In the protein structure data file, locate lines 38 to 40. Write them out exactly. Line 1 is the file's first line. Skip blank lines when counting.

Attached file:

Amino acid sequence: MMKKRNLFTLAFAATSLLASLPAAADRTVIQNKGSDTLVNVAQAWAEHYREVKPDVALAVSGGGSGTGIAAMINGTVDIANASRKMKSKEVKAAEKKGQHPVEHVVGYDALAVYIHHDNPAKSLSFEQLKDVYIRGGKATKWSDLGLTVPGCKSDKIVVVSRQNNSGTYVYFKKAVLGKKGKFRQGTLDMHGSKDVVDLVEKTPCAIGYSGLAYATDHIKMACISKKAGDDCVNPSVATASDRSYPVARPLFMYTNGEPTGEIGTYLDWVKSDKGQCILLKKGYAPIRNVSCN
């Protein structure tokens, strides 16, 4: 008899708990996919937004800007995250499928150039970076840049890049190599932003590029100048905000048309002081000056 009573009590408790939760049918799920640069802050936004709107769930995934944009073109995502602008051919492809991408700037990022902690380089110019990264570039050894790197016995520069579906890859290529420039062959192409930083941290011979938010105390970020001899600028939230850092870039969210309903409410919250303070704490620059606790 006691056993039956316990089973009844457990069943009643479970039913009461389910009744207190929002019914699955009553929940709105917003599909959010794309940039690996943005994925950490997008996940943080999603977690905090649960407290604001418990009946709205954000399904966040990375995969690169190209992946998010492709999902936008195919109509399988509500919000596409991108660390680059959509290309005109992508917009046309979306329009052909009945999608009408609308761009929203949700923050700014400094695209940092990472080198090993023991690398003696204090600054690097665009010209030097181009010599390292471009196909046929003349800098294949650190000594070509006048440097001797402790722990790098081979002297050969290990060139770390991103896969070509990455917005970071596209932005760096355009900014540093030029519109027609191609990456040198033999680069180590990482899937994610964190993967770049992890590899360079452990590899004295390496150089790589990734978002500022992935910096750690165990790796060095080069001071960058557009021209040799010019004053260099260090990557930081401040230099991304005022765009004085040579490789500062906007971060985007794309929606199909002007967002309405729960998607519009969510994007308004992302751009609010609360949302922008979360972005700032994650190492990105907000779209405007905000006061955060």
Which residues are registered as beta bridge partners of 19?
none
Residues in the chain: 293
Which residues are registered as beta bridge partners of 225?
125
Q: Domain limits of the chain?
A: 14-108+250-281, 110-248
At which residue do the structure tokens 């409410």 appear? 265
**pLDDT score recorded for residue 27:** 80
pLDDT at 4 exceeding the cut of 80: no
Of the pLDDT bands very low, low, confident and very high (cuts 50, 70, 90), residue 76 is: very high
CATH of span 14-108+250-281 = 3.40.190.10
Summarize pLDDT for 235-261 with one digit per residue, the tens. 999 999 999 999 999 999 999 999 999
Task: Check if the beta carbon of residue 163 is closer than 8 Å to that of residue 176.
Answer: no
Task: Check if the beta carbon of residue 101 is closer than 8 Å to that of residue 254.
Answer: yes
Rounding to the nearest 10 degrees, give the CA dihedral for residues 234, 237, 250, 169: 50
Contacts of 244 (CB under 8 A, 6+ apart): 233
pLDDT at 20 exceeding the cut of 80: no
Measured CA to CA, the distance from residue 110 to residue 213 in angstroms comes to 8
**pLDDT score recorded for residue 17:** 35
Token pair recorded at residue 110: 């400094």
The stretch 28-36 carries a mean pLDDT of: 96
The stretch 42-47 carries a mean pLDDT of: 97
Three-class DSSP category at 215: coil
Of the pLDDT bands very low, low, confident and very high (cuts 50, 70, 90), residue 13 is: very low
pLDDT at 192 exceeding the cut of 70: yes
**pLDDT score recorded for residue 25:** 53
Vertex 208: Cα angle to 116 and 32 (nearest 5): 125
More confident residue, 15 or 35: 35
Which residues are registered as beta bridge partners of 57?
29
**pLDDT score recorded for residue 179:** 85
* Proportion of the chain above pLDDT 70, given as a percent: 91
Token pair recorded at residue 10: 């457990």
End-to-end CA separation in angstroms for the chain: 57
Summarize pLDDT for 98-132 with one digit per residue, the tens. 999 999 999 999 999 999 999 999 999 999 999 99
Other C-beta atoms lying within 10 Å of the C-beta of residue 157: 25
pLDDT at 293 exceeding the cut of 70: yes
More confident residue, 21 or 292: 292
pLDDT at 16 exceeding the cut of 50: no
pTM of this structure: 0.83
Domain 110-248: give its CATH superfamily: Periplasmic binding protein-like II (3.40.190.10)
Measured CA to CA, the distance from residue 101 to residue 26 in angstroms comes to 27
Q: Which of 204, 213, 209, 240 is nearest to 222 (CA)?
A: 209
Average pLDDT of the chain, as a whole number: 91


Token pair recorded at residue 10: 């457990």
End-to-end CA separation in angstroms for the chain: 57
Summarize pLDDT for 98-132 with one digit per residue, the tens. 999 999 999 999 999 999 999 999 999 999 999 99